There are others that I read when I am excited and can't concentrate - usually just before I travel. Again I know these books inside out but I know that as I read them I will become immersed deep within them and time will pass quickly.

Then there are the books that you know will make you cry. I'm not talking about a sad passage in a book (the bit in Good Wives where Beth dies for instance is sad but over all the book is a happy one) but the ones that are *really* sad. Elsewhere by Gabrielle Zevin is one of these, as is If I Stay by Gayle Foreman. Actually when I look at my shelves I have quite a few of this type of book.

These are books that I read knowing they are going to make be feel awful at the time but also knowing that once I've sobbed my way through them I'll feel better.

There are a few films like that too (Beaches, and Graveyard of the Fireflies for example), but as a rule I turn to my favourite books as it is easier to hide away with a novel than it is with a film or at the cinema.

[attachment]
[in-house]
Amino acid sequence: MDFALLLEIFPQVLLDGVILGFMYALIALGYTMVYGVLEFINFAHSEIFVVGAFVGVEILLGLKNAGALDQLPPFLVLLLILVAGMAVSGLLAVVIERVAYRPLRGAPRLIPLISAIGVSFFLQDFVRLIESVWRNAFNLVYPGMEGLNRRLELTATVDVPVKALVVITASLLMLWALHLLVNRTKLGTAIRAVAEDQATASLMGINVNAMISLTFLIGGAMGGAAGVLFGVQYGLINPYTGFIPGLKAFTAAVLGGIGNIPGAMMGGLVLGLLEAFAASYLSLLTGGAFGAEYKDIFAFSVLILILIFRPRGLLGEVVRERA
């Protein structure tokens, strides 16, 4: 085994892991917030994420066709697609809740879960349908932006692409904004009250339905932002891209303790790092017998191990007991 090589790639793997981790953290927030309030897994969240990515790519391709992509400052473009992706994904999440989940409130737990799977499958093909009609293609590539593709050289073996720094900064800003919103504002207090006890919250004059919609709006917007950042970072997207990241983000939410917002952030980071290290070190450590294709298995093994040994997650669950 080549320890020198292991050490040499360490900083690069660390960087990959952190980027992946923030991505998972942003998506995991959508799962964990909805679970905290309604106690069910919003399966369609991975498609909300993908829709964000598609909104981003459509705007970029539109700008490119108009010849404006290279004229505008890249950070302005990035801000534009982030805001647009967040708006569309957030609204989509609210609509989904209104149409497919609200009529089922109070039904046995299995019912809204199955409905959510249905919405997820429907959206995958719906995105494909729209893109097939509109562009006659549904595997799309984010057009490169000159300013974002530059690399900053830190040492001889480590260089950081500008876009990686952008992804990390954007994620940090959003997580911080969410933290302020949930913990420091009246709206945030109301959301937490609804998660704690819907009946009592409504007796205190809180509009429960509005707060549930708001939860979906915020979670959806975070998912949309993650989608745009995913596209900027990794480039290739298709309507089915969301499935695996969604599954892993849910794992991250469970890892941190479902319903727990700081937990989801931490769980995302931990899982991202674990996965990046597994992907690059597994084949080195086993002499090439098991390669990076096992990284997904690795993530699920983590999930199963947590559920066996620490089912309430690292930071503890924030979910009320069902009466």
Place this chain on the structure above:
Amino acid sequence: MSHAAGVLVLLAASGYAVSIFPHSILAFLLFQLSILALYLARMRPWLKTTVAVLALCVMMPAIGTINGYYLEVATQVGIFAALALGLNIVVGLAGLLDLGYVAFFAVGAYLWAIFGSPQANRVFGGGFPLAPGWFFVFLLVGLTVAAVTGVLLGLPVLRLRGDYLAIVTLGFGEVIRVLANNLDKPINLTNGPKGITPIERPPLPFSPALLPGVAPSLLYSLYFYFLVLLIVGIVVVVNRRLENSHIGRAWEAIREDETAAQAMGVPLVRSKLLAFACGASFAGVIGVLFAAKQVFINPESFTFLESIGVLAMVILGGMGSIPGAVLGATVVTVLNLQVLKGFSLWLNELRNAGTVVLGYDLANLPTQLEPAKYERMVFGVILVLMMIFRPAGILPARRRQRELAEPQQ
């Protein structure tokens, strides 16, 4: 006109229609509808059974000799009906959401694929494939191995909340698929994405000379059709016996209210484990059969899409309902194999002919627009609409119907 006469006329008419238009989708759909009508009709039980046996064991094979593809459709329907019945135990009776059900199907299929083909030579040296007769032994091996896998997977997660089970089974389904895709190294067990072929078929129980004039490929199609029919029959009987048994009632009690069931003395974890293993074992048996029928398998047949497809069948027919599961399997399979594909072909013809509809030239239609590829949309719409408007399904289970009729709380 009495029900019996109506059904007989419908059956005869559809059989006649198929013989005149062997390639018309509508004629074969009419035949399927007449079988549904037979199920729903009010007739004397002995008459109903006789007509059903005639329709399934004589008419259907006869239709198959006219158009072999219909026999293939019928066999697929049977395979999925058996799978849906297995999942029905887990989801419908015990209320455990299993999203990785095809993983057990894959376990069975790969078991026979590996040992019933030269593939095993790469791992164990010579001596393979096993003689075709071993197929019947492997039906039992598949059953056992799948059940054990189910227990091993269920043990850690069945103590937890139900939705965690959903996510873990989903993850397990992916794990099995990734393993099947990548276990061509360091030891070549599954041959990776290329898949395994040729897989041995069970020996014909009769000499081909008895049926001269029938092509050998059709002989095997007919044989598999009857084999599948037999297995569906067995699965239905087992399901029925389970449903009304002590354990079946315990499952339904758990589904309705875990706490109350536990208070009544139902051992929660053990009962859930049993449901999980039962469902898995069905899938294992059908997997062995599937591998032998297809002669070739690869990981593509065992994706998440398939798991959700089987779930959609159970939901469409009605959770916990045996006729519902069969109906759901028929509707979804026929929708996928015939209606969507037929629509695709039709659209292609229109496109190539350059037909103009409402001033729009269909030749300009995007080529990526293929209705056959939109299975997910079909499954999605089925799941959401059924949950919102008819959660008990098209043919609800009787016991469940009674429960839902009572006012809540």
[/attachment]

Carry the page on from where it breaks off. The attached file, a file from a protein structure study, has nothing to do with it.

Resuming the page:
I broke this rule last week when I went to see Third Star at the cinema. I knew what the film was about and I knew it was going to be moving. I might just have under anticipated just how sad it was going to be and just how much it was going to affect me. Gulp.

There are many reviews out on the web of this film but even now, a week after I saw the film, I can't write about it without wanting to cry again. The summary from IMDB probably gives the best taster with least danger of spoilers:

James and his three closest lifelong friends go on an ill-advised trip to the stunning coastal area of Barafundle Bay in West Wales. What follows is a touching and comical adventure dealing with friendship, heroism and love.

However despite sniffing my way through the film, and looking decidedly unattractive on leaving the screen thanks to the red eyes and nose the movie was incredible. The locations were stunning, the actors very good and the whole roller coaster of emotion played beautifully. It felt real and just like those books I turn to regularly this is going to be a film I know I am going to watch and re-watch.